Common Sense Media is dedicated to improving the lives of kids and families by providing the trustworthy information, education, and independent voice they need to thrive in a world of media and technology.
We exist because our nation's children spend more time with media and digital activities than they do with their families or in school, which profoundly impacts their social, emotional, and physical development . As a non-partisan, not-for-profit organization, we provide trustworthy information and tools, as well as an independent forum, so that families can have a choice and a voice about the media they consume.
In this age of constantly changing technology, the Keys to Safety program provides practical steps that children can take to protect themselves as well as important tips for parents and educators in discussing safety issues with children. The Attorney General's Office has developed Keys to Safety, a comprehensive curriculum, to educate young people about child abduction, runaway issues, Internet safety and cyberbullying.
NetSmartz Workshop is an interactive, educational program of the National Center for Missing & Exploited Children® (NCMEC) that provides age-appropriate resources to help teach children how to be safer on- and offline. The program is designed for children ages 5-17, parents and guardians, educators, and law enforcement. With resources such as videos, games, activity cards, and presentations, NetSmartz entertains while it educates.
Educate children on how to recognize potential Internet risks
Engage children and adults in a two-way conversation about on- and offline risks
Empower children to help prevent themselves from being exploited and to report victimization to a trusted adult
Our children are our nation’s most valuable asset. They represent the bright future of our country and hold our hopes for a better nation. Our children are also the most vulnerable members of society. Protecting our children against the fear of crime and from becoming victims of crime must be a national priority.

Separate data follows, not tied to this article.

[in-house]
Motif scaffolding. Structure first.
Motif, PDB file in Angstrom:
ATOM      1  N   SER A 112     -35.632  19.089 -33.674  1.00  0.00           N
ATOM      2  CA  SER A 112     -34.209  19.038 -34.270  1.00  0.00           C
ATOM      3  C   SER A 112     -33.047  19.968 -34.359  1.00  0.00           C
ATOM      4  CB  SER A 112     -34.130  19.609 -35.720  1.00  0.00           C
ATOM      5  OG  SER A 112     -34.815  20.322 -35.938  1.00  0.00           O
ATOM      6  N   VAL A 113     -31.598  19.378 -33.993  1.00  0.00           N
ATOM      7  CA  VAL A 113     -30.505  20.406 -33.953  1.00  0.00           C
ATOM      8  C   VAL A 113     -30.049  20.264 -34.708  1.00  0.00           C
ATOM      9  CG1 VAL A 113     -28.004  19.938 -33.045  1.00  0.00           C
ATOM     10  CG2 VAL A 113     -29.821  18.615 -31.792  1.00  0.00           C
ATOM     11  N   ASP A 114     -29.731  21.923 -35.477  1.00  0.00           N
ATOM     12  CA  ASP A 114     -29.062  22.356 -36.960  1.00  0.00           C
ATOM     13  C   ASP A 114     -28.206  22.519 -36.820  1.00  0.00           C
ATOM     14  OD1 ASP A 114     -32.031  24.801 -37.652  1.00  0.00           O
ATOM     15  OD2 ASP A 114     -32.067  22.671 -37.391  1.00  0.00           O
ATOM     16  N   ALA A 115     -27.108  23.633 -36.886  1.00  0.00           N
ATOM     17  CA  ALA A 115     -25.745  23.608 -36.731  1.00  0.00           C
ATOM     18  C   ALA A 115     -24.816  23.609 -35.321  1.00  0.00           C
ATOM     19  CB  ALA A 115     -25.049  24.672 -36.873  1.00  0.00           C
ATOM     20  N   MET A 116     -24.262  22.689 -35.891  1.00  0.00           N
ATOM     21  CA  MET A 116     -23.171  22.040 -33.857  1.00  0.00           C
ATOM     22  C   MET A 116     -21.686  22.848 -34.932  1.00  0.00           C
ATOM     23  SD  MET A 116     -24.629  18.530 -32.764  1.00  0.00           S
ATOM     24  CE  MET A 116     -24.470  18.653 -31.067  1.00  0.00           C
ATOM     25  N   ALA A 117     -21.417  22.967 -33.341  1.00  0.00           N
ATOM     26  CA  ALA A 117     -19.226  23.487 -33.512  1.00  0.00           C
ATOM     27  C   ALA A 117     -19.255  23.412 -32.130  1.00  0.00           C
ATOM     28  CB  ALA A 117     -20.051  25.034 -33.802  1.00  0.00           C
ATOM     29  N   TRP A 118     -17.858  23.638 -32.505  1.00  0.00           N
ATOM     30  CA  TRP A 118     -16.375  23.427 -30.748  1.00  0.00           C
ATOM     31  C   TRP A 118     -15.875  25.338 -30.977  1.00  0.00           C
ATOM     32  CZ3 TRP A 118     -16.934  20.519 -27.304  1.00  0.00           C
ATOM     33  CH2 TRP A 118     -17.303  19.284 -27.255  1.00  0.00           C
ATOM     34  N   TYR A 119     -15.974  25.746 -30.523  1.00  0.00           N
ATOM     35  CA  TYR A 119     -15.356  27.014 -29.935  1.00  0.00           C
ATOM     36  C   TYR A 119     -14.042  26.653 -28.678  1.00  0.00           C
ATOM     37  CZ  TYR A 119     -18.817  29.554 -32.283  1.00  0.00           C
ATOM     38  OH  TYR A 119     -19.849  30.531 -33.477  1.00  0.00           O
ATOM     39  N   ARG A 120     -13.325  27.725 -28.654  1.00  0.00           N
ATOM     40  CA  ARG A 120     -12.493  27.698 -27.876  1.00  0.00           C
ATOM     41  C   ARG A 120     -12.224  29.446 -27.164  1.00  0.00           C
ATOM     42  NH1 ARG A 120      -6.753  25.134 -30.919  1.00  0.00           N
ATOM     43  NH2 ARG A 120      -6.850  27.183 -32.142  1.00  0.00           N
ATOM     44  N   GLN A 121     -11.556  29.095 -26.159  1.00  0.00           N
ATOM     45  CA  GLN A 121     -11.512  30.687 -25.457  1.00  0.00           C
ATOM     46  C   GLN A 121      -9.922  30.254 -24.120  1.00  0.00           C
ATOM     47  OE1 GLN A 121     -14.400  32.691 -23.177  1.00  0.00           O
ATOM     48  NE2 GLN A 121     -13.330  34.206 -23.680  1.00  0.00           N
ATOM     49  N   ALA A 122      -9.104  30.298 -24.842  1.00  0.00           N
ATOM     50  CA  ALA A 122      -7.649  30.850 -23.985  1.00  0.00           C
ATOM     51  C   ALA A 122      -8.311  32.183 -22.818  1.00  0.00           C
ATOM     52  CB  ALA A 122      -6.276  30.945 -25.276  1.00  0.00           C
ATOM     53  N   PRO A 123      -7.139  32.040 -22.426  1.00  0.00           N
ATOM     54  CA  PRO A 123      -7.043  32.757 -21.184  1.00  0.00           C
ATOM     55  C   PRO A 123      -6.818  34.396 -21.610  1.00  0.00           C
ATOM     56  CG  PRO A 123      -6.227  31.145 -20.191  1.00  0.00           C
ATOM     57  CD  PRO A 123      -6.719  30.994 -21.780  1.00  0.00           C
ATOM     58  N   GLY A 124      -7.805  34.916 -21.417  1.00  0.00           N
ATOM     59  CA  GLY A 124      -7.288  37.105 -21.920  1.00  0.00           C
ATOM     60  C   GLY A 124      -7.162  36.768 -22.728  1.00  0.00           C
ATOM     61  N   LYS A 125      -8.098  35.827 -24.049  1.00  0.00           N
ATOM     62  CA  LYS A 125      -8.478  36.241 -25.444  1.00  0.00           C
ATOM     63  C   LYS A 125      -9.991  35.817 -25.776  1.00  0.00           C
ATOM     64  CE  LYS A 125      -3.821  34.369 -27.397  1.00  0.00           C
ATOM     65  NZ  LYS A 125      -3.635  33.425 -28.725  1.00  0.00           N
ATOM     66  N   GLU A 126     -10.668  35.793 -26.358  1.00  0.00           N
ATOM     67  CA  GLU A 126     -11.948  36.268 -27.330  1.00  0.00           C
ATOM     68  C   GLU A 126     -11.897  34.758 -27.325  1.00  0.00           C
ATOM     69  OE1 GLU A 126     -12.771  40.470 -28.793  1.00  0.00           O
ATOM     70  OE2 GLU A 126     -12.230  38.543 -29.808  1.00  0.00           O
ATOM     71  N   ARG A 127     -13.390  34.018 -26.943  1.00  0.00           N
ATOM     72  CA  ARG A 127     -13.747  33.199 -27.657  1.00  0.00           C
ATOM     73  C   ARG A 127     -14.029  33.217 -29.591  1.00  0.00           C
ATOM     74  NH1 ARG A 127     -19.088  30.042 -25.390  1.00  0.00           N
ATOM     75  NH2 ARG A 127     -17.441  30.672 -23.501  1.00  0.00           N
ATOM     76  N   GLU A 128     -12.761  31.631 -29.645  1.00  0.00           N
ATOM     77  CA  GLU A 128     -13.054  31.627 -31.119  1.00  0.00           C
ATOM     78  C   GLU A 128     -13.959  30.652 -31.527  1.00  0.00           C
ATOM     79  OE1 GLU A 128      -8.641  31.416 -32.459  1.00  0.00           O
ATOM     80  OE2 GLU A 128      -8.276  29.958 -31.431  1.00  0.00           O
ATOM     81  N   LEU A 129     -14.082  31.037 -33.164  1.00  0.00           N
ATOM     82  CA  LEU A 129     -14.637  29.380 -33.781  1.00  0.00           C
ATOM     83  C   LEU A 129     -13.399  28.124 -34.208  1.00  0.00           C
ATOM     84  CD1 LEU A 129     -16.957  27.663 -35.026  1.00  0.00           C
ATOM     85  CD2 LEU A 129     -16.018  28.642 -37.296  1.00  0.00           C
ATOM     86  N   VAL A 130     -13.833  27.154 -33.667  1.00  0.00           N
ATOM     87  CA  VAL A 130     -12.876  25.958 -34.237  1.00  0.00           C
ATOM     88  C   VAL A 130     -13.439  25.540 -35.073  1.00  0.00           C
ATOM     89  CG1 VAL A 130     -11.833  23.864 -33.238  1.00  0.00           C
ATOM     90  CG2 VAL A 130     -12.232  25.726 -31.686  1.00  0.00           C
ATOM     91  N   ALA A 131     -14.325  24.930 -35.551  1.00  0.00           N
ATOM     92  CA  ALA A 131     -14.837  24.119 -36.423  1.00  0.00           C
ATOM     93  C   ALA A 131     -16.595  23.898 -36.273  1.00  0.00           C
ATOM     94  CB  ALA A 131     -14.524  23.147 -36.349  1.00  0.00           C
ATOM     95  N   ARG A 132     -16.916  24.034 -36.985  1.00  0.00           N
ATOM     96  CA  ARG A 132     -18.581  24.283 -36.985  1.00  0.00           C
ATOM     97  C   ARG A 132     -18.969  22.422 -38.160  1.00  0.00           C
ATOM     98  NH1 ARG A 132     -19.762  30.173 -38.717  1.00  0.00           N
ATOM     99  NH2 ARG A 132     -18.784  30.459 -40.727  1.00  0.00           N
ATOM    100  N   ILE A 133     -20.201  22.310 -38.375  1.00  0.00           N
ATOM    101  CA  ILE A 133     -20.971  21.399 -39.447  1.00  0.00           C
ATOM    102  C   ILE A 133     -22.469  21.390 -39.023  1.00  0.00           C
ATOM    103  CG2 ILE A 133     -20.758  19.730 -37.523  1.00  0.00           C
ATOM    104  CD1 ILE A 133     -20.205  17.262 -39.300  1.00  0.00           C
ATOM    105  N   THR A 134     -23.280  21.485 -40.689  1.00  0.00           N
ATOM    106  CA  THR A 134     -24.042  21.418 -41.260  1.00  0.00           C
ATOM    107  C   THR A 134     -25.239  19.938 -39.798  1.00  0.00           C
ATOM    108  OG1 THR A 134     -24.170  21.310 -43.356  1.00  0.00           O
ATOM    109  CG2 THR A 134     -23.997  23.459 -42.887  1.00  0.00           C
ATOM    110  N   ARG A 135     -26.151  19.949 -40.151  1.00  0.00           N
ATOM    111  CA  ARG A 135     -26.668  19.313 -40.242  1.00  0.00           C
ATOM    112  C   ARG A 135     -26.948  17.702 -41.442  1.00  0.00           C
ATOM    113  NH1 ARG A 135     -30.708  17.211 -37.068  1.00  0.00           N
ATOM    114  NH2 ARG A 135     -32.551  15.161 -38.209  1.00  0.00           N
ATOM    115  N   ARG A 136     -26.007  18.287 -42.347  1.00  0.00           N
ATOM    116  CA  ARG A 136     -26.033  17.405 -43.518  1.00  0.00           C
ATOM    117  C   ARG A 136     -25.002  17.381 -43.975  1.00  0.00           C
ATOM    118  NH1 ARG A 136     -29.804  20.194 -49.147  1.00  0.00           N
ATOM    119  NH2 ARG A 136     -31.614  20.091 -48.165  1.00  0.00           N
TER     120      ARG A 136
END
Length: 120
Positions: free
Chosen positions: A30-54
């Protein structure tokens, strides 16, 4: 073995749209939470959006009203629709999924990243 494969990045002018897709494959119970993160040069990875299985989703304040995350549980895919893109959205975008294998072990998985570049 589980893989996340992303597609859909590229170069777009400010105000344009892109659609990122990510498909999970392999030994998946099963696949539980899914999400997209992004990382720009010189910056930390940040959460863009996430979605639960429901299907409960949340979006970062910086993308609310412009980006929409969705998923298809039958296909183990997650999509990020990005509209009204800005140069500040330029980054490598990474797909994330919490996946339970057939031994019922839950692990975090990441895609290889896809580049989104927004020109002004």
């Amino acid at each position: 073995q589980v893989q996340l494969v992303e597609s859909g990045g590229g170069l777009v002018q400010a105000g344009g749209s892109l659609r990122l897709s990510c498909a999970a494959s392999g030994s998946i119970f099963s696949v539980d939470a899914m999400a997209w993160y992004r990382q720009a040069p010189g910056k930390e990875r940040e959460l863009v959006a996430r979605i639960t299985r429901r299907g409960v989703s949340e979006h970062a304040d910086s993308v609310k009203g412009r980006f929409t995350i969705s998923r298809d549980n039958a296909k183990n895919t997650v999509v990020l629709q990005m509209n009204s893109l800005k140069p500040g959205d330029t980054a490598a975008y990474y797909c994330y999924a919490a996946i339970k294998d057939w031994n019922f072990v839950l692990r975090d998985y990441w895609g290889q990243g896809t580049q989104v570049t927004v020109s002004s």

Parental Controls helps you limit how much computer time children have, as well as which programs and games they can use (and perhaps more importantly, when). With the Parental Controls in Windows Media Center, you can also block access to objectionable TV shows and movies.
The Internet can be a wonderful resource for kids. They can use it to research school reports, communicate with teachers and other kids, and play interactive games. Kids who are old enough to punch in a few letters on the keyboard can literally access the world.
But that access can also pose hazards. For example, an 8-year-old might do an online search for "Lego." But with just one missed keystroke, the word "Legs" is entered instead, and the child may be directed to a slew of websites with a focus on legs — some of which may contain pornographic material.
That's why it's important to be aware of what your kids see and hear on the Internet, who they meet, and what they share about themselves online.
Just like any safety issue, it's wise to talk with your kids about your concerns, take advantage of resources to protect them, and keep a close eye on their activities.
The FCC is a leader in encouraging the safe use of electronic media by children.
From televisions to laptops to cell phones, electronic media have become our children's almost constant companions. The commission provides parents with a variety of resources to improve children's safety in today's complex media landscape, including:
i-SAFE Inc. is a leading publisher of media literacy and digital citizenship education materials and programming with worldwide distribution channels. Founded in 1998 and supported by the U.S. Congress and various executive agencies of the U.S. government,